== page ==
“The minute the pandemic was announced by WHO, my inbox started to fill with tips for charities and fundraising organizations on how to deal with the challenges ahead,” said Jennifer Laurie, Development Officer for the Family and Children’s Services Foundation.
Laurie described the last few days as a “double whammy” with the COVID-19 situation and its effects on the stock markets in Canada and the U.S.
“While COVID-19 and social distancing will have an immediate impact on charitable giving, the economic situation is perhaps of greater long-term concern to the sector,” added Laurie. “It took seven years for giving to return to pre-2008 levels after the last crash.”
Charitable organizations that rely on events to raise funds are some of the most in need right now. Looking ahead to when the situation wanes, Laurie fears that social distancing could have an impact on event attendance for months or even years to come.
The foundation is focused on the prevention of child abuse and neglect and supports families to care safely for their children at home. “Many of the families we serve will be deeply impacted by the economic aspects of this situation,” Laurie said.
Parents who are unable to work will have income issues but also the social isolation that goes with it. In addition, school closures have caused issues with finding safe and affordable childcare. Laurie noted that social isolation and financial need are risk factors for child abuse and neglect. “Families should not be at risk of having their children come into foster care because these circumstances mean they cannot pay their rent or feed their children,” she said.
For Peter Sweeney, CEO of the YMCAs of Cambridge & Kitchener-Waterloo, there are three priorities during the COVID-19 situation. “First, how do we support our staff through this? Second, how do we continue to show up for the community and provide support? Third, how do we do all of this and be financially stable?”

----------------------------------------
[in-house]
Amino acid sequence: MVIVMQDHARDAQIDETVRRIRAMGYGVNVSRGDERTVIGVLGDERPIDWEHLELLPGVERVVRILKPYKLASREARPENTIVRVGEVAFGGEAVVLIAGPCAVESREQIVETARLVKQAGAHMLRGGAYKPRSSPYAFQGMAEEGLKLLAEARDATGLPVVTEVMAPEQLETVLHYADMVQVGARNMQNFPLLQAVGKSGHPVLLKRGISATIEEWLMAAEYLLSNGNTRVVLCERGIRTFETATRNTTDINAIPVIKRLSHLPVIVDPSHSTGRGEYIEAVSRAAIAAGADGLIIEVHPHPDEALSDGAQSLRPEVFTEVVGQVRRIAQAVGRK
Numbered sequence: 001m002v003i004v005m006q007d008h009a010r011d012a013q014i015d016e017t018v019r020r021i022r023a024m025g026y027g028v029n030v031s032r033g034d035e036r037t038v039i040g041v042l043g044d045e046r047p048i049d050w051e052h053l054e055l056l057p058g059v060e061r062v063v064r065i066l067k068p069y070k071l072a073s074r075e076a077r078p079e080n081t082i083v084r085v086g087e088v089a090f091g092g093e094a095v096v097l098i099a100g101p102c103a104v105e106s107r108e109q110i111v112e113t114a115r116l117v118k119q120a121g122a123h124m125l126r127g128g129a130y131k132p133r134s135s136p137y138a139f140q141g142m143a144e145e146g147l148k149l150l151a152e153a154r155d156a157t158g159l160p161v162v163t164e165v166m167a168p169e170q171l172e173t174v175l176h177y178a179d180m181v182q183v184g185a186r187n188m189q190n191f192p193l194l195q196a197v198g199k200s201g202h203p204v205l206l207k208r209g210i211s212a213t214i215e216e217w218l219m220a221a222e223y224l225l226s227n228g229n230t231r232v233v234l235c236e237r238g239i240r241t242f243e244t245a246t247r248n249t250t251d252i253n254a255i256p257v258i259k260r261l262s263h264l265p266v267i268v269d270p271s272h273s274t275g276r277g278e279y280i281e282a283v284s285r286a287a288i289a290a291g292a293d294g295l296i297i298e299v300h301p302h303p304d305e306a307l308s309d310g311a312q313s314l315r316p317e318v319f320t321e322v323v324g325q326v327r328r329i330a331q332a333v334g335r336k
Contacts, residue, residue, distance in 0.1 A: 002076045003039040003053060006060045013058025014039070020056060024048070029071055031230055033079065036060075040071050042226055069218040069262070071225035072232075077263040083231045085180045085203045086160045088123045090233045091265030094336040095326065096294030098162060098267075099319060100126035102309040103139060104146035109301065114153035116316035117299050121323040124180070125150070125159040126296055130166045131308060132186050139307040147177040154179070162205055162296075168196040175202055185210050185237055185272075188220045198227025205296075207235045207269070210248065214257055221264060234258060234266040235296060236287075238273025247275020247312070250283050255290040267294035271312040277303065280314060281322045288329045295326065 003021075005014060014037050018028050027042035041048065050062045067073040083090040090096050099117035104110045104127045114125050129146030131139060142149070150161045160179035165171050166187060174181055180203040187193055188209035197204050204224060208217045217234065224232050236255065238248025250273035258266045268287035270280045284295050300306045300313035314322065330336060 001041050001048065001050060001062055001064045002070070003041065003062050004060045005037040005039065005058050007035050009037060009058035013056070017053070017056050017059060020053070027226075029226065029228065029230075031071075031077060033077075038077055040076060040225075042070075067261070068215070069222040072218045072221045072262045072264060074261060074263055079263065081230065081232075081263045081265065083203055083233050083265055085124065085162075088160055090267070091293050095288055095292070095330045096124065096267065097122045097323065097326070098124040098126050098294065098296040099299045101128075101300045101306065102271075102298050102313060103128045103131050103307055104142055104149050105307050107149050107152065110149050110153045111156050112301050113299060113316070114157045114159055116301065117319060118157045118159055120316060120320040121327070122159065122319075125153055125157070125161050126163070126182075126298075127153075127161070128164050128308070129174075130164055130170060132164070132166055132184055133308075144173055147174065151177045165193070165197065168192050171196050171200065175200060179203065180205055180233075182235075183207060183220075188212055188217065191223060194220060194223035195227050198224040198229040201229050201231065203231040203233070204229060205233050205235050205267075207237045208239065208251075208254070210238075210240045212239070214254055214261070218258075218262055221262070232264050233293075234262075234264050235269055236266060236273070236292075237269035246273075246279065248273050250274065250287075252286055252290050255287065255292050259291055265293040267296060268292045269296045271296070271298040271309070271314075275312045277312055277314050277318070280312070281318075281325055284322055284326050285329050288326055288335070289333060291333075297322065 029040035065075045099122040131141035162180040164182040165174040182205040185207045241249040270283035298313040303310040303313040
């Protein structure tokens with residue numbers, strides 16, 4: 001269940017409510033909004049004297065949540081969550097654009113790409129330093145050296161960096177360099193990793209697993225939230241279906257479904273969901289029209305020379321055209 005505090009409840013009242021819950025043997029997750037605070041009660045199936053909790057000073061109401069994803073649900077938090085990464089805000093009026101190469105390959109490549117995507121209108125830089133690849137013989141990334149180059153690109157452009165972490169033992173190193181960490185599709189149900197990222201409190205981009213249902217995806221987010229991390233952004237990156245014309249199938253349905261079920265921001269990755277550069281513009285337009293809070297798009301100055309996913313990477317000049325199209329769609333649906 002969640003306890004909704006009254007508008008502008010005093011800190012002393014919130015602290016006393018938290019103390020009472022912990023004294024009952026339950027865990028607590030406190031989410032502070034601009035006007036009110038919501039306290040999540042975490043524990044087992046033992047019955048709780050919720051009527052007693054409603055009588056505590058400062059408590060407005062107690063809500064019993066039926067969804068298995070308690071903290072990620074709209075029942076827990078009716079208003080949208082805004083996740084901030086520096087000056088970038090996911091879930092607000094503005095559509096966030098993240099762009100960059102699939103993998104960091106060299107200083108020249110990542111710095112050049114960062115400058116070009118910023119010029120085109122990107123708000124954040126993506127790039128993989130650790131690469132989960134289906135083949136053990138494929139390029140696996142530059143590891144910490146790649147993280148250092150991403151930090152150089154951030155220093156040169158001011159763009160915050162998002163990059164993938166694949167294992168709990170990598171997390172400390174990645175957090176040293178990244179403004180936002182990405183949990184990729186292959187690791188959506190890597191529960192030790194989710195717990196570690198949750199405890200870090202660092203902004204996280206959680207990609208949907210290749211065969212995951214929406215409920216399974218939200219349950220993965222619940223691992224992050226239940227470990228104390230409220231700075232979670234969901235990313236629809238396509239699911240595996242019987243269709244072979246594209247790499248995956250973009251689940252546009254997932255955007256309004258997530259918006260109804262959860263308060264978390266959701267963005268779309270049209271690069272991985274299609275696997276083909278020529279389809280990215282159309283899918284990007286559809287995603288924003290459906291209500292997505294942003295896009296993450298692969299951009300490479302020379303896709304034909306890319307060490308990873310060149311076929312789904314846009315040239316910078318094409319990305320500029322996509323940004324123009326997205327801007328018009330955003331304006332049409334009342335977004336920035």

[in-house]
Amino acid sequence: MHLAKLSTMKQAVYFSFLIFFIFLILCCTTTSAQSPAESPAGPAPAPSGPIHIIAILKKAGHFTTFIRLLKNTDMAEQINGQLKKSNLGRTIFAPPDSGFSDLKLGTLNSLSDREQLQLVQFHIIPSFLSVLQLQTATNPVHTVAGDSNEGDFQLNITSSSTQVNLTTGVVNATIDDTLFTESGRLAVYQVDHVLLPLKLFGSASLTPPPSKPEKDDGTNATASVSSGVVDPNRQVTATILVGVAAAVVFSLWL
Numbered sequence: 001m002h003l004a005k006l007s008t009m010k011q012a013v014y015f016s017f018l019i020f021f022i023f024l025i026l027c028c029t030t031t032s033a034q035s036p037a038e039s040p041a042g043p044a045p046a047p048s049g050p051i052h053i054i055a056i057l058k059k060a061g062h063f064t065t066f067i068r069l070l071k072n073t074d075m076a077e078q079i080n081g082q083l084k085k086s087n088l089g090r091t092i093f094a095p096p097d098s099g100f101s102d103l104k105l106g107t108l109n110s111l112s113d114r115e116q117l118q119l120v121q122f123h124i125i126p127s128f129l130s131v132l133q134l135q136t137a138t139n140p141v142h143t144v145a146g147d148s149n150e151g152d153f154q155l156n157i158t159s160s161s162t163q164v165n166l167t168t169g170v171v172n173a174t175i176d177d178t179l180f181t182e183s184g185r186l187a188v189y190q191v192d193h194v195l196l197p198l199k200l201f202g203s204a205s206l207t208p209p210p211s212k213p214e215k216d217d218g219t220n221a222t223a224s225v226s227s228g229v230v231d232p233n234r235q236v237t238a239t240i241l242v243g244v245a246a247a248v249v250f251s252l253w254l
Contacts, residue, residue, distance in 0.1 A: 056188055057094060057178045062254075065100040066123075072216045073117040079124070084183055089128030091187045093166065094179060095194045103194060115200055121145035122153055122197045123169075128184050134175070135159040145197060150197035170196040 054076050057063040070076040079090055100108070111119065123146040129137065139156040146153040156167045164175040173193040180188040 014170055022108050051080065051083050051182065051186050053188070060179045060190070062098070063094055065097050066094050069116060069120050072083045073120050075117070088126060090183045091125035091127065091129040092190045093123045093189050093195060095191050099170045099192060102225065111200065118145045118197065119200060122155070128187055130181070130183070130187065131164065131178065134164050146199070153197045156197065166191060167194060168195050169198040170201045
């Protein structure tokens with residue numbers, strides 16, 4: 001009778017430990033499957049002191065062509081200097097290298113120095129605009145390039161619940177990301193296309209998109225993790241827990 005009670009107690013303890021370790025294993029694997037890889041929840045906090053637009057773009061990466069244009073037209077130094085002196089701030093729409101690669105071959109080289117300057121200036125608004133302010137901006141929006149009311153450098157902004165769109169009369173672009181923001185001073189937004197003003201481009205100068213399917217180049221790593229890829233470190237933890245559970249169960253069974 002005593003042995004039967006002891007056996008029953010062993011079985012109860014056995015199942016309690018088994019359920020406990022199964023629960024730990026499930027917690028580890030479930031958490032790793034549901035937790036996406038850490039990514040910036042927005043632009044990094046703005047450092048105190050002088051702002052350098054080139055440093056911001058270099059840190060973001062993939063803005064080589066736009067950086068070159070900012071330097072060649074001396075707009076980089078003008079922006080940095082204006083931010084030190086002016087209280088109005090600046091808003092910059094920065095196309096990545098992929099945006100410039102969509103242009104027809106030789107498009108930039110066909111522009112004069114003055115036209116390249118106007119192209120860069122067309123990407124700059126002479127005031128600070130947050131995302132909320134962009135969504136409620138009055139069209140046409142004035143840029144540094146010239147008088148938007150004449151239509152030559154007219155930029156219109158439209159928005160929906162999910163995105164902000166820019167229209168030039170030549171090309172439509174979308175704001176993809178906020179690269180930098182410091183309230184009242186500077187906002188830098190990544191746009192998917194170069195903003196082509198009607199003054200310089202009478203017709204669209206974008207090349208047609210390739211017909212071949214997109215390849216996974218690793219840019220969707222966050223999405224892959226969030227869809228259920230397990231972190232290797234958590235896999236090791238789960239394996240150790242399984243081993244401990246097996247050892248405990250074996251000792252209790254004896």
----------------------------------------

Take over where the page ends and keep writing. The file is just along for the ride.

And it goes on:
Sweeney and YMCA team have committed to paying their staff through the current three-week shutdown. “It’s the right thing to do,” added Sweeney.
When it comes to showing up in a time of social isolation, the YMCAs are looking at ways to serve their community virtually. “We’re a people-focused organization and delivering virtually is not our expertise,” Sweeney said.
On Monday, I was on a video call with Sweeney and some of the team from Vidyard and Google Waterloo. Hitting the ground running, the group quickly worked through what immediate needs existed and how the tech community could assist.
Using a mix of technology from Vidyard and Google, Sweeney expects to have a Virtual Y set up within a week. The site, which is currently a COVID-19 info page, will be called thisisy.ca.
“The support has been great – and inspiring,” added Sweeney. “Our staff are saying, ‘Hey, I can do a video about this or that’ and are using this time to create content. It’s new avenues of connecting with people.”
Sweeney pointed out that this first iteration will be more function than form. More important, it’s a way for the community to see that they are not closing up shop.
Post COVID-19 closures, Sweeney and the Y team are focused on reopening. “It’s not going to be the same. We’re going to need people to come back to the Y. Social distancing – social disconnecting…..that’s our fear. We’re checking in with people and when we can be physically together again, we’re going to work to get that human connection back.”
Sweeney’s advice on how to help right now: “Just call or email your favourite charity and ask how you can help them continue to serve.”